Summer Lows (second feature)

see also


click on the images to download them in high res

Summer Lows

Summer Lows

original title:

Summer Lows

directed by:


Vivienne Gibbs, Pascal Wiik Scorselo, Roma Wiik Scorselo, Raphael Wiik Scorselo, Celia Arias



costume design:

Celia Arias


Paolo Scarfò, Michele Catania







film run:




aspect ratio:



Ready (23/02/2022)

Torpid summer. Pascal, Roma and Raphael meet again after a long time in a big house in South London.
It's an unexpected inheritance from their father Adan, who had abandoned them more than ten years prior.
Having a house, saving money, recreating a family bond: desires that are tainted with the knowledge that they owe it all to an ambiguous and extranged father figure. And the lingering fear that it will slip through their fingers.
Their fears are solidified when they discover the equivocal origins of the inheritance and the presence of a figure already living in the house who takes care of it and claims ownership.
Their father's shadow looms over the house like a permeating illness highlighting the loneliness, 'mal de vivre', and uneasiness of this forced cohabitation.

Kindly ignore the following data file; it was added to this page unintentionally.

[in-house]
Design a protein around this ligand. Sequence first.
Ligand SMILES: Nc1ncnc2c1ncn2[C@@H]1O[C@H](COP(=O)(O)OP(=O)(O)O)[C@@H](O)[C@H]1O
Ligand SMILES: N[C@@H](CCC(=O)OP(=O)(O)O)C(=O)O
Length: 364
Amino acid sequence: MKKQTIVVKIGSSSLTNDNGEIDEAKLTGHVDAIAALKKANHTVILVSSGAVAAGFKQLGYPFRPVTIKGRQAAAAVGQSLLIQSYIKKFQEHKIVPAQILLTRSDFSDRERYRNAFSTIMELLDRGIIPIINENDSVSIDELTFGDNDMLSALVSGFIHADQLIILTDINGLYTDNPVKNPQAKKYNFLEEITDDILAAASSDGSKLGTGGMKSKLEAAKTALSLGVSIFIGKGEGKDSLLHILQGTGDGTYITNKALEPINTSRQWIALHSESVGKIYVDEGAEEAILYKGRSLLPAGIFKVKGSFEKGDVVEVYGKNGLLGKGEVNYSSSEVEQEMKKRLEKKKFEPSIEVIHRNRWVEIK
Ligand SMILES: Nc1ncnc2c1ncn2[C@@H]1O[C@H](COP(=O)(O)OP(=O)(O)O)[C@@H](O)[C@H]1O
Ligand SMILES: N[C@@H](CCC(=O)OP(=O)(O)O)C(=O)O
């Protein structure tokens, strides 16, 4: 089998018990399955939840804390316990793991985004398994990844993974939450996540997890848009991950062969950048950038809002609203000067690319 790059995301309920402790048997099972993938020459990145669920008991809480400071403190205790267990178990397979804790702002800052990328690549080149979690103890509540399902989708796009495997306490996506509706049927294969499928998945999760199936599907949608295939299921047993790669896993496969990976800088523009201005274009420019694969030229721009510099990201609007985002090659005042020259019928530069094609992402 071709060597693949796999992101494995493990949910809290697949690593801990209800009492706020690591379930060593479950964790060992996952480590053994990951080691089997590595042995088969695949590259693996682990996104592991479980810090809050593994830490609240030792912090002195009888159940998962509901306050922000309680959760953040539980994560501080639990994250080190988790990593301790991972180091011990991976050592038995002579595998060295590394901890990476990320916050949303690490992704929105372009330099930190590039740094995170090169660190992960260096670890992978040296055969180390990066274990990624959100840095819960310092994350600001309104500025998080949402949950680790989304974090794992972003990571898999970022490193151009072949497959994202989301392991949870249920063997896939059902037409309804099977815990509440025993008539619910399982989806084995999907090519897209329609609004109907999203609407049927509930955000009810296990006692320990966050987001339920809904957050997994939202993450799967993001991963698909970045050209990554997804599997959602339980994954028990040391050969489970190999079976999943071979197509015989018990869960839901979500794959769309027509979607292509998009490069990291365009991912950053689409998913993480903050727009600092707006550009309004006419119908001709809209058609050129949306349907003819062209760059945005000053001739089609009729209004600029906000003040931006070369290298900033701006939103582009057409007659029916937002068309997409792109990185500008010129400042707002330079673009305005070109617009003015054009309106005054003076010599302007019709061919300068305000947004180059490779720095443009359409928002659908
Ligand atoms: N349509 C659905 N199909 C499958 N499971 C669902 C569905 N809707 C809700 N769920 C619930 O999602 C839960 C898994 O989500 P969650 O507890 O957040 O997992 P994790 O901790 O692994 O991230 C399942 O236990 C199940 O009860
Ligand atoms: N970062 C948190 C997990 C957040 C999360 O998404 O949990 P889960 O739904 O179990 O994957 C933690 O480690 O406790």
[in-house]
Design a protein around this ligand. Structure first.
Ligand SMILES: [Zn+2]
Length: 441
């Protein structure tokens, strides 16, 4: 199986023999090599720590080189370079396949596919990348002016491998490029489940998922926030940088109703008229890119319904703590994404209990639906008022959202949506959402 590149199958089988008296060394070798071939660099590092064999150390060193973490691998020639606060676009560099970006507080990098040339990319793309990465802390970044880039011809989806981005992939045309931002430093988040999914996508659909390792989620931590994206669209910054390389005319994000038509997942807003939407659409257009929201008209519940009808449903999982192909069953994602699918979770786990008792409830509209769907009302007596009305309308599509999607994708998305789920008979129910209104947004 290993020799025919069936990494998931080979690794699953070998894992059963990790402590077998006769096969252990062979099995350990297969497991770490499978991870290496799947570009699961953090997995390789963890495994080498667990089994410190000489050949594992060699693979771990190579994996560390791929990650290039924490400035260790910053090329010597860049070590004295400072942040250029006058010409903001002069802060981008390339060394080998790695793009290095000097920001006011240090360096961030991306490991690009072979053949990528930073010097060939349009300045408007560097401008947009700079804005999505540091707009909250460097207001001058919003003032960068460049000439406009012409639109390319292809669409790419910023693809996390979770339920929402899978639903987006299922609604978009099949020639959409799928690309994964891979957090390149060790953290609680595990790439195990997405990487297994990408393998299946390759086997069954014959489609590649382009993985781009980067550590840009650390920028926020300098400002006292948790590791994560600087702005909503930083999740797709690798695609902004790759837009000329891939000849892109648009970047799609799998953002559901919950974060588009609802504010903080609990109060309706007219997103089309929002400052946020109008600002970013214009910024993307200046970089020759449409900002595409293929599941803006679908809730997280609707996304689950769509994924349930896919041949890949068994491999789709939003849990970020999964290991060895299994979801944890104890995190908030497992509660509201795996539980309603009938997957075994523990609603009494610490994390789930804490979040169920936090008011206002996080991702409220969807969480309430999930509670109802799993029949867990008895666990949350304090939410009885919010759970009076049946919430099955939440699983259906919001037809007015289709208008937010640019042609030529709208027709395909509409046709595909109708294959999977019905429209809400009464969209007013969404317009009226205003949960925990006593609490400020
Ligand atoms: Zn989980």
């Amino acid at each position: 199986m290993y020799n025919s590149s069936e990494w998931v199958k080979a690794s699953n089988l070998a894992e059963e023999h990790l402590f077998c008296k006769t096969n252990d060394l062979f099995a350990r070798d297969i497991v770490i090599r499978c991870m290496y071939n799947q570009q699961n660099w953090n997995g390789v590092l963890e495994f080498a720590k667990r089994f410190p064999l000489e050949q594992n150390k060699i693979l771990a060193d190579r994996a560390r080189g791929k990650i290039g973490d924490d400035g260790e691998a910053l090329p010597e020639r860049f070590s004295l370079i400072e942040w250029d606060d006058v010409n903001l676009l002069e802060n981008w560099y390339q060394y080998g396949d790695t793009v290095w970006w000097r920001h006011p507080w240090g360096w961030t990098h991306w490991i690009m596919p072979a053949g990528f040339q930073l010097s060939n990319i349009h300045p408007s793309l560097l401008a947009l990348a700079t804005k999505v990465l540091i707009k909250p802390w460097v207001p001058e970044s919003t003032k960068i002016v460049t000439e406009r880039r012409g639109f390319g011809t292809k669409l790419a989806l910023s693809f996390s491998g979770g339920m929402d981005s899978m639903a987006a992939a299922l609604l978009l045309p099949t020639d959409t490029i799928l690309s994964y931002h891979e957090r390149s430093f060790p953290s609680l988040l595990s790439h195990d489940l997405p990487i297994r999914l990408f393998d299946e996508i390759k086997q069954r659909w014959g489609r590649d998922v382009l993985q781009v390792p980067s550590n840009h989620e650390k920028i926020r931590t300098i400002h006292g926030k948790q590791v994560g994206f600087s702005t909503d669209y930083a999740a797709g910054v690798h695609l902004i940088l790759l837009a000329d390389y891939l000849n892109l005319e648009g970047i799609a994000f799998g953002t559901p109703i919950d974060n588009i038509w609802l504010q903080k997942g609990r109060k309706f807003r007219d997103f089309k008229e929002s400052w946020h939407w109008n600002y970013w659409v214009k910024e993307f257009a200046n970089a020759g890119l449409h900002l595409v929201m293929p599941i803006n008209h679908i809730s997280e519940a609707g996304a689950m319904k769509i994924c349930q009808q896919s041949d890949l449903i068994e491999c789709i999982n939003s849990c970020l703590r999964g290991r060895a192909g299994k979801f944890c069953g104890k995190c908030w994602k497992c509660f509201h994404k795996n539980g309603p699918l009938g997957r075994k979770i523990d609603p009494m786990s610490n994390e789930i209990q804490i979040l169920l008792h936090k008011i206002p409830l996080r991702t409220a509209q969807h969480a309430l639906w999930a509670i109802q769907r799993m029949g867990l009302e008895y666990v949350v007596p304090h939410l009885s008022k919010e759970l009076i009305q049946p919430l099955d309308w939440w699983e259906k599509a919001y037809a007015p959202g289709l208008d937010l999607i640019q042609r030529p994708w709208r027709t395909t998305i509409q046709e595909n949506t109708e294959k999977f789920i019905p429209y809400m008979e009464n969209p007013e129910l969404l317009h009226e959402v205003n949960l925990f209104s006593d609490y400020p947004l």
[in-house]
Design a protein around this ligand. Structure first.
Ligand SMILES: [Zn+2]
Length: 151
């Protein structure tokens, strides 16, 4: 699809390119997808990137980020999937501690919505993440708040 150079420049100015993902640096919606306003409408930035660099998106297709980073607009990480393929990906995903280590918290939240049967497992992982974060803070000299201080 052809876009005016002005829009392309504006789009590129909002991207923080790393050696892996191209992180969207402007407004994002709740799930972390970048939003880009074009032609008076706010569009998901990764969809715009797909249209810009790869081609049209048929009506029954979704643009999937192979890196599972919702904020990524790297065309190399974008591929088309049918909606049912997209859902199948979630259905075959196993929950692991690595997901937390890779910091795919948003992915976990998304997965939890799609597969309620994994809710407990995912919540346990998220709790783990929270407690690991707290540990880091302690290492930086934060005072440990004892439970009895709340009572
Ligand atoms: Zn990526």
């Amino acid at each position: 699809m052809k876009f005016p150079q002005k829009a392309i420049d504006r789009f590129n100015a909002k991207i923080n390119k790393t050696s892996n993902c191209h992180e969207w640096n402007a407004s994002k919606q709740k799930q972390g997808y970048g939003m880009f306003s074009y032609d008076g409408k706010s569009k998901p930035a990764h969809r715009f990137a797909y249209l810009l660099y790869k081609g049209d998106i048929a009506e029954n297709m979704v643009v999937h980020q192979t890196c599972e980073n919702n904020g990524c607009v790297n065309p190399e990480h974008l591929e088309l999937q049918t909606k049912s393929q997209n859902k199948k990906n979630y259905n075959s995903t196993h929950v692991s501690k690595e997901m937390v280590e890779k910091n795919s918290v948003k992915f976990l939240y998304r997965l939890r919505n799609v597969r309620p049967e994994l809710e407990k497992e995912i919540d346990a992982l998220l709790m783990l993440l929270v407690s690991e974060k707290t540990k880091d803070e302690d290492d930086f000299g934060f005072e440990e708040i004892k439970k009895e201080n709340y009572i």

As the summer comes to an end, those false certainties dwindle away completely. But life always resumes its' course.

This project, which was very experimental in its' approach to writing, acting and directing, has been an enormous challenge. It began with a very precise narrative structure in which were added completely improvised dialogues.
The characters - a real family - portray similar versions of themselves. We spent large quantities of time together, both before and during shooting. We established a strong bond of friendship and reciprocal trust. What came out of it was a documentary-style film transformed into a work of fiction.
The emptiness of a London different from the usual appealing stereotypes - almost a non-place; an aseptic house which prevents any emotional development; a lack of communication which transforms into cold survival: these are the backdrops of this still-life. The father figure, never profoundly developed, wafts through the story like a "trickster" - a manipulative demon who stirs the waters and creates life; however fragile and imperfect it may be.